Submitted by Logan on August 1, 2007 - 21:29
As PV Comics hit the midpoint of its debut year and the immediate woes of our first print anthology, PV Comics Volume 1, passed â€“ I as the publisher of PV was faced with a bit of a dilemma: we wanted to do more print collections and a number of new books, but we werenâ€™t happy about our print options. The printer we had just used was a shyster, and we werenâ€™t prepared to start shelling out the cash necessary for big offset print runs. This problem was as old as the small press comic industry itself: indie creators had always been faced with some seriously limited options regarding printing their work, and none of them particularly attractive. But I had an ace up my sleeve: more than a decade of working outside of comics in various aspects of the print industry, and I knew it was time for someone to help change the odds against new comic creators entering the print world.
Submitted by Logan on July 31, 2007 - 19:05
Part 2 of 3 in the â€œWho the hell is Logan DeAngelis?â€ series
It was March of 2001. The pixel-based land rush which was the early days of the webcomics scene were aâ€™bornin, Â and a funky little comic called KU-2 made its online debut. A heartwarming tale of a foul-mouthed punker from New Jersey (based none too loosely upon myself in the 90s, down to the idiotic haircut) and his adventures in Hawaii with an alien android combined elements of sci-fi, horror and Polynesian mythology which was, at the heart of it all, really just a heartfelt slice-of-life tale with some pretty weird trappings.
Submitted by Xaviar Xerexes on January 13, 2006 - 14:04
PV Comics seemed to lose momentum when founder Logan DeAngelis began to focus on his print-on-demand business ComiXpress but it continued through most of 2005. I'm not sure when this new message went up on the front page but it states that PV Comics is "taking a step back for awhile" and will be "relaunching in the not too distant future".
Submitted by Xaviar Xerexes on December 25, 2005 - 21:51
Here's a list of the ones I have right now in the Library - if you know of others give me the name and the URL so I can add them. I'm calling them affiliates but the idea is groups of creators who've banded together for artistic and/or business reasons. They should have about 5 or more members (approx.).
- * Ape Law
- * Biscuit Press
- * Blank Label Comics
- * Boxcar Comics
- * Dayfree Press
- * Dumbrella
- * Hot Bullet Press
- * Pants Press
- * Teh Gewd Guys
- * The Nice
- * UpDown Studio
A simple list of people of webcomics based on their contributions to the medium in 2005. And we have no doubt that we left off someone we shouldn't have. We're sorry. We'll try harder next year.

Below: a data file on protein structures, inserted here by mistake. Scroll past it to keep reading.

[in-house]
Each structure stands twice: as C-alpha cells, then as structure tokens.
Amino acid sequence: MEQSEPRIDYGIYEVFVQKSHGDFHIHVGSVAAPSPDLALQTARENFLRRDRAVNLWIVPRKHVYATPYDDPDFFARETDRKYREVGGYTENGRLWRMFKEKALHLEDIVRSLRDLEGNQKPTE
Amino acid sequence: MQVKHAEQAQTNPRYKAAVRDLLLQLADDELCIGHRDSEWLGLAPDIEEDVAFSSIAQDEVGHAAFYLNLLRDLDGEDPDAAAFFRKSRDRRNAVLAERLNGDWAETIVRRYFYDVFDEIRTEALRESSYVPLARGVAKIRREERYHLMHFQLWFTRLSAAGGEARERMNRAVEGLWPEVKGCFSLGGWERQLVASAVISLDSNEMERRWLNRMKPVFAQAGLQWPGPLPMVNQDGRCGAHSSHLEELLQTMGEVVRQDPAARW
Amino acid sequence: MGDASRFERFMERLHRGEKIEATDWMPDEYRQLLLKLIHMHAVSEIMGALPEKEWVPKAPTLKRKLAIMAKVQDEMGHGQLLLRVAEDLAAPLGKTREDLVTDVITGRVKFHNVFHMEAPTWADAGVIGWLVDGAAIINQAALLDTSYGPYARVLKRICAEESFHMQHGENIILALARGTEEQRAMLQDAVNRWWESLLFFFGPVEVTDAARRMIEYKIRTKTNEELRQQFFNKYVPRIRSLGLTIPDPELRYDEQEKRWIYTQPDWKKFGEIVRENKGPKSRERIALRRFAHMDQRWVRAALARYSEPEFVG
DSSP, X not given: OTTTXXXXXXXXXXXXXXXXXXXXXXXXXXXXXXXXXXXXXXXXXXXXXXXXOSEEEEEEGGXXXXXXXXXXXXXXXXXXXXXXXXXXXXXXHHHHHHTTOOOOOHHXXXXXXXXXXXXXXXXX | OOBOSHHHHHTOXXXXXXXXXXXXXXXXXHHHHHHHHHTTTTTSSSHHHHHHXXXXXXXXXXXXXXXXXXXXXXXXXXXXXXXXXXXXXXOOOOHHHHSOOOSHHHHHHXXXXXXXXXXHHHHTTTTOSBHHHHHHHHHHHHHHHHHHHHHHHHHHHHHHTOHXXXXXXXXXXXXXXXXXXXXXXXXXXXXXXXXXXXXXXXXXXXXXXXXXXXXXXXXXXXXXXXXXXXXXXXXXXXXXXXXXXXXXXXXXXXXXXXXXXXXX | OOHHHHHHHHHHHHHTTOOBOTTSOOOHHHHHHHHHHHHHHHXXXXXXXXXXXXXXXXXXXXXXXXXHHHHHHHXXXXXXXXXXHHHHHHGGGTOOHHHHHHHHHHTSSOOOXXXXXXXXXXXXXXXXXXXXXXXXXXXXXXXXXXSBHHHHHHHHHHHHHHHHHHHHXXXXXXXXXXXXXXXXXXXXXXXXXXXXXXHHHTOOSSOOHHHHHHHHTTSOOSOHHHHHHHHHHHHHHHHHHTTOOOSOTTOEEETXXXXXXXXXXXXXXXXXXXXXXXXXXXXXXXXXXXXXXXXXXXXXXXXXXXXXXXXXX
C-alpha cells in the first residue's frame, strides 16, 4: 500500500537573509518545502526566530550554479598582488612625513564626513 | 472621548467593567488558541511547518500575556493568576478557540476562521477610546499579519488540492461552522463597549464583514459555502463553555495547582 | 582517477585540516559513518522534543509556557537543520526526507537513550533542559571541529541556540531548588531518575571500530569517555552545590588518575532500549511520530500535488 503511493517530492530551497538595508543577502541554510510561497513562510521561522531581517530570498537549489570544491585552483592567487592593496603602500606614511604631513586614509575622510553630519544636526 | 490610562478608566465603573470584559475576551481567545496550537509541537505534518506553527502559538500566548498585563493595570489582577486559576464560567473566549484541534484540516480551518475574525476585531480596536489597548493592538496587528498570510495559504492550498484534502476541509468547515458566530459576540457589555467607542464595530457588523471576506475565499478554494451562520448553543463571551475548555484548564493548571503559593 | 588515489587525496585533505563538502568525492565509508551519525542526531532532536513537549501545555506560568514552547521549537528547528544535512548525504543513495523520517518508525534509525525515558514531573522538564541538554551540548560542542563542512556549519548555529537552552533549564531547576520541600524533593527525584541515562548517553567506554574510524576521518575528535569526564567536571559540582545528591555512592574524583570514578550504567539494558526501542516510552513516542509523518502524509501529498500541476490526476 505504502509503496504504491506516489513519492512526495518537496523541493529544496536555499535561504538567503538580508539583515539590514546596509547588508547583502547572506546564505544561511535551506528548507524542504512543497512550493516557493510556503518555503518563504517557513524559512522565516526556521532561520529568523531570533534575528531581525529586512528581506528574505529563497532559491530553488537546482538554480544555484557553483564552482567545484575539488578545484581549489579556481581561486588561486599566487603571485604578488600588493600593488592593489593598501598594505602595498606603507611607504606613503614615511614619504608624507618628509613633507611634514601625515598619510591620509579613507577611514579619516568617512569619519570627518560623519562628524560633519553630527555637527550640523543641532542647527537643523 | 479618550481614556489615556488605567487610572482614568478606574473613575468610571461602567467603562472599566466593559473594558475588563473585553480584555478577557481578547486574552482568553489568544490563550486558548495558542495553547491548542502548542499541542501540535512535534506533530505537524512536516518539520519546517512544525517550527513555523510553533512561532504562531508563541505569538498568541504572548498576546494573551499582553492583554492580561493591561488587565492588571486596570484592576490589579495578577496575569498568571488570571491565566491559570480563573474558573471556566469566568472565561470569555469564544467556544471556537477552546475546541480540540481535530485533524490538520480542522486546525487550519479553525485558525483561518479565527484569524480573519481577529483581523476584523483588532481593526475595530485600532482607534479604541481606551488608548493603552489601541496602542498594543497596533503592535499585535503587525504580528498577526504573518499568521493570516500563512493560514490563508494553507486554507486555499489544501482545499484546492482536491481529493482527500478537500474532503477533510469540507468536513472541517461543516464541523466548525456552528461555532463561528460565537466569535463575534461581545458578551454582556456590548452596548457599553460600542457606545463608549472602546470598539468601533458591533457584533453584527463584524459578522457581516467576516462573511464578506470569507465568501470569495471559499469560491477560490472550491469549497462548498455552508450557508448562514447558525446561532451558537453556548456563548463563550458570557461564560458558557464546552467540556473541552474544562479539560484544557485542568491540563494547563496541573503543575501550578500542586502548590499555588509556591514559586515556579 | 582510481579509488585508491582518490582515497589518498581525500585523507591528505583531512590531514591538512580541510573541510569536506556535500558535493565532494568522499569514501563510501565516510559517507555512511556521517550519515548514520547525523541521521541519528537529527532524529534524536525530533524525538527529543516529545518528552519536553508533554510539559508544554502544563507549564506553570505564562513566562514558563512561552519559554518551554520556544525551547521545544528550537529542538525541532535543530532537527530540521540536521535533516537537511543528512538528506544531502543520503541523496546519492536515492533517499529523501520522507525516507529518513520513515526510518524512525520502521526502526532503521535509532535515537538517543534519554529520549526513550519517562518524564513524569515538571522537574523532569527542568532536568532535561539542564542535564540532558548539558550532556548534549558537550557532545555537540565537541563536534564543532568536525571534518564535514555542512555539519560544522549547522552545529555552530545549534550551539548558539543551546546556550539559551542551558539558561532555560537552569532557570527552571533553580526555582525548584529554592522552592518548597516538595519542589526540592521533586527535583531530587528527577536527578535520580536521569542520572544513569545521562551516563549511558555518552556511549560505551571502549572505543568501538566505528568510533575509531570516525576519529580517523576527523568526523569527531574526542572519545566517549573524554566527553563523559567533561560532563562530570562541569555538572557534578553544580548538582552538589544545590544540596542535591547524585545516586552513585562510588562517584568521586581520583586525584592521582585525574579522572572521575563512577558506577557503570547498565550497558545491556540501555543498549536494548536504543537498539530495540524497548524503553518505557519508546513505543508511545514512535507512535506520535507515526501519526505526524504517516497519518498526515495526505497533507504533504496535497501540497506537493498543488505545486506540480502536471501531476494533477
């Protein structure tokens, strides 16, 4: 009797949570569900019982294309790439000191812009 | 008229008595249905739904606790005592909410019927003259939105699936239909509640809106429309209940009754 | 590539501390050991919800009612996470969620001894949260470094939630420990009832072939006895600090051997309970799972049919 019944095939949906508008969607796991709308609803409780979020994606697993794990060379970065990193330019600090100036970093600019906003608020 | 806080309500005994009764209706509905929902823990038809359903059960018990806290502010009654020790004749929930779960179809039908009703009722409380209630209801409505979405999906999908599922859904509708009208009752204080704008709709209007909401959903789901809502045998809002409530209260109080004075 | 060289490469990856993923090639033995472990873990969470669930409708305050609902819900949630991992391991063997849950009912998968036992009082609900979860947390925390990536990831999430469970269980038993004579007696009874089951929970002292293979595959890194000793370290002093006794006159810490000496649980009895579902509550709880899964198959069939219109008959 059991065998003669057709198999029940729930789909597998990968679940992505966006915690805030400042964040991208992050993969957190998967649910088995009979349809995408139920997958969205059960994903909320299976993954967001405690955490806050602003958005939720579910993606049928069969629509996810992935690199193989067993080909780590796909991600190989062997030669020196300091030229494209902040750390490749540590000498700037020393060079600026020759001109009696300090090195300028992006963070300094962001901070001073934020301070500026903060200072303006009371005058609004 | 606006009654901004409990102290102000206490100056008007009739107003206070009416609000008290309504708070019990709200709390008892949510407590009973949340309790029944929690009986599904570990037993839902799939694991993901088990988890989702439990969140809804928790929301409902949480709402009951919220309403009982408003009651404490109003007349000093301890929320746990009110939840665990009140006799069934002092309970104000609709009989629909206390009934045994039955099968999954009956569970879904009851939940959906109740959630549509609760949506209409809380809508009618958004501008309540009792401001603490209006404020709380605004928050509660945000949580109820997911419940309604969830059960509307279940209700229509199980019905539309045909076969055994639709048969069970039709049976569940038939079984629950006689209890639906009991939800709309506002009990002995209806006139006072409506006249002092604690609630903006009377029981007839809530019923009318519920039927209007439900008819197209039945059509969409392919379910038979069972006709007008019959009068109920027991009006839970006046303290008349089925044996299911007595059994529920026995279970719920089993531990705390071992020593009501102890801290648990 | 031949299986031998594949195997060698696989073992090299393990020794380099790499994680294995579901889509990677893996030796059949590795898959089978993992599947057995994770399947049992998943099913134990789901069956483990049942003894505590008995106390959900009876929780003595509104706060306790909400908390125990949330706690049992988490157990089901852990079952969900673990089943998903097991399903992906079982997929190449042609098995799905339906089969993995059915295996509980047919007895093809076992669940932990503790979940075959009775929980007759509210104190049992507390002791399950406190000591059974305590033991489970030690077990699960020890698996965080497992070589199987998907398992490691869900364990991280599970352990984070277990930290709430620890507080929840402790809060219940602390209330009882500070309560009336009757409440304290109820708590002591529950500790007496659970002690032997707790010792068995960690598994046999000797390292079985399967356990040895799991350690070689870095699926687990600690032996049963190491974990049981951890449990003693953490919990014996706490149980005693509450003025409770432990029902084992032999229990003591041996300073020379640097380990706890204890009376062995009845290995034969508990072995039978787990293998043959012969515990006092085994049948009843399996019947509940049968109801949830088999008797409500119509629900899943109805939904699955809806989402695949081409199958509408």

Submitted by Xaviar Xerexes on November 2, 2005 - 15:41
Back in March 2004, Bill Duncan wrote a feature looking at the then new explosion of smaller collectives of webcomics. The article mixed in larger publisher sites like Modern Tales and Wirepop, but mostly examined on creator-focused groups such as Altbrand, Ape Law, Dayfree Press, Exile Comics, PV Comics, Razor Comics and Rocketbox Comics. Some of these have thrived since, most notably Dayfree Press which has continued to maintain an active roster.
But since then other successful groups such as Dumbrella and the newly formed Blank Label Comics reemphasize how important collectives can be to furthering the success of webcomic creators. In large part these two groups most visible success is in shared business and technical savvy.
It is probably fair to look at any collective and ask what is its identity? Sometimes that's not really apparent. But two examples where there is an impression associated with the group name that come to mind are Boxcar and Pants Press. The newly formed Boxcar Comics has the good fortune to have well-known D.J. Coffman as a member and he seems to have passed along some of his promotional and business experience to his new colleagues. The lower-key Pants Press group's members may not stand out for marketing activity but they have received consistently high critical marks over the last two years. That can speak volumes too.
While we're on the subject of collectives, feel free to tell us about yours - make sure to include its name and URL.
Submitted by Xaviar Xerexes on June 1, 2005 - 14:21
Stuart Robertson has released his Comic Gallery Script to the public under a Creative Commons/GPL license. I'm not 100% positive, but I believe the PV Comics site runs on a version of this script.
* Start with the first or last image in the directory
* Display navigation above or below images
* Back and Next links
* Back and Next arrows
* Direct links to each image
* Configurable number of links per line
* Customizable dividers between links
* Display the copyright owner
* Display a link to your Creative Commons License
There's also a forum thread discussing a number of scripts at Blank Label Comics.
Submitted by Xaviar Xerexes on February 20, 2005 - 13:10
Matt Johnson, the creator of Dewclaw writes a bit at PV Comics about how he came to use Flash for his webcomic and how he has evolved his approach to the art while remaining true to the story he wanted to tell.
For me, Dewclaw is a great webcomic. The fact that it is in Flash (and sometimes makes use of Flash's animation capabilities) is never the first thing that comes to mind to me when I think about why I like Dewclaw.